Joseph Zolobczuk’s first day at work wasn’t what he expected.
Fifteen years ago, he arrived at the office of Project YES, looking for a job.
Project YES – now known as the YES Institute – is a nonprofit, based at 5275 Sunset Dr., that seeks to educate and inform others on topics involving gender and sexual orientation.
According to the project’s founder, Martha Fugate, Zolobczuk expected to arrive at a big organization teeming with staff members rushing around the office. Instead, there were carpets that needed to be pulled out.
“The first day he walked into the office, I was on the floor pulling up a disgusting carpet,” Fugate said.
Fugate told Zolobczuk that the income he would be receiving “is not good.” But Zolobczuk, a 33-year-old graduate student in the School of Education’s Community and Social Change program, said he didn’t care about pay.
“Well the work isn’t much fun either,” Fugate told Zolobczuk. “This is your job. This is gonna be our office.”
The hard work eventually paid off.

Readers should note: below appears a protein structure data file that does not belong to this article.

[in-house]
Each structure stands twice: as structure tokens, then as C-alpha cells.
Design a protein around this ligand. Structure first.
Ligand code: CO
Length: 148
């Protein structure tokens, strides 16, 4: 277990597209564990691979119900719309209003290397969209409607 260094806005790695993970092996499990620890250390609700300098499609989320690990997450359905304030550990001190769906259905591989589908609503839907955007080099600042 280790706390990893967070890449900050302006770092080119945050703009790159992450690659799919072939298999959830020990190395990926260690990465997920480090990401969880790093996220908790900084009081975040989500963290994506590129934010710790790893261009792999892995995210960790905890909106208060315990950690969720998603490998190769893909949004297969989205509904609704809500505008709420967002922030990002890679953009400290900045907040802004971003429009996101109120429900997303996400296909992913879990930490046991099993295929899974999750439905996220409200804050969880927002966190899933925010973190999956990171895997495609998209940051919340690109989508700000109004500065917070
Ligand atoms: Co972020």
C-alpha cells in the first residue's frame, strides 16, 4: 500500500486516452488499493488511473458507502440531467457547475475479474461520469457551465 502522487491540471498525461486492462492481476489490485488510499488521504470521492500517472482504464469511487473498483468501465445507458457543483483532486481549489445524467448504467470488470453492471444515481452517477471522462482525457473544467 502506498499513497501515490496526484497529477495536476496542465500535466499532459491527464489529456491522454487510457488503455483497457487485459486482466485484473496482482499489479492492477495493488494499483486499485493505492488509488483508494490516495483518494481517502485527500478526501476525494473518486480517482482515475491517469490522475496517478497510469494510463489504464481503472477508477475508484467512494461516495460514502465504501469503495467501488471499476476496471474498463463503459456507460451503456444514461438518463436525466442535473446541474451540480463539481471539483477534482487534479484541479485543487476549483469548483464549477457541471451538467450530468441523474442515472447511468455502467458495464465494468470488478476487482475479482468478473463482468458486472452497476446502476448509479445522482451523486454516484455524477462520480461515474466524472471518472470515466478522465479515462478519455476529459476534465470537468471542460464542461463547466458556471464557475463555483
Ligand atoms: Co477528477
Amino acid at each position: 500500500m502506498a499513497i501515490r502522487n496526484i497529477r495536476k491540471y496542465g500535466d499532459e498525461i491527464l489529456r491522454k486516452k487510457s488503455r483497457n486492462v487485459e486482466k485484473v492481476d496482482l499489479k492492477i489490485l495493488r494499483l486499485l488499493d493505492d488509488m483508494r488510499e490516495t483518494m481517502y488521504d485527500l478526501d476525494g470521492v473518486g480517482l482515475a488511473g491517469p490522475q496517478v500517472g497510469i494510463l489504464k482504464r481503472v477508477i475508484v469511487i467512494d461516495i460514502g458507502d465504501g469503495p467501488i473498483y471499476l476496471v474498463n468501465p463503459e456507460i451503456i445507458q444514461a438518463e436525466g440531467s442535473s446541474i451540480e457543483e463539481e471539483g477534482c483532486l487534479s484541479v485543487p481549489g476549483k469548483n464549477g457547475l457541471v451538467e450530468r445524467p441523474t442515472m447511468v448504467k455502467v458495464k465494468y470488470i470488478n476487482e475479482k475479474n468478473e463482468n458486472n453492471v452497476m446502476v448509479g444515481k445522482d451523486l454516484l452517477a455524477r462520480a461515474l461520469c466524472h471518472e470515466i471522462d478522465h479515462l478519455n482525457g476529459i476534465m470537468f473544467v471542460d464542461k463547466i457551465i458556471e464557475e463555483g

On March 1, Zolobczuk learned that he had been chosen as the first student recipient of the Silver Medallion Award.
The award is given by Miami Coalition of Christians and Jews (MCCJ), a nonprofit dedicated to eliminating intolerance. Past recipients include football icon Don Shula, Miami-Dade County Public Schools Superintendent Alberto Carvalho, and UM President Donna E. Shalala.
Zolobczuk currently serves as the director of education, production and research at the YES Institute. He came out as gay after growing up in a Catholic household in Buffalo, N.Y.
“It was really hard on my mom and dad,” Zolobczuk said. “It took a couple of years letting them learn about it and giving them some space to figure things out.”
Zolobczuk said that his sexual orientation is now a non-issue with his family, thanks in part to what he has learned through working at the YES Institute.
“I think the work we do at YES caught MCCJ’s attention and that’s why this award happened,” Zolobczuk said.
According to Rachel Sottile, the YES Institute’s executive director, Zolobczuk’s recognition came as no surprise.
“So much has to get done behind the scenes, so things go seamlessly when we’re doing courses or presentations,” Sottile said. “And he makes that happen. I call him the anchor of the organization.”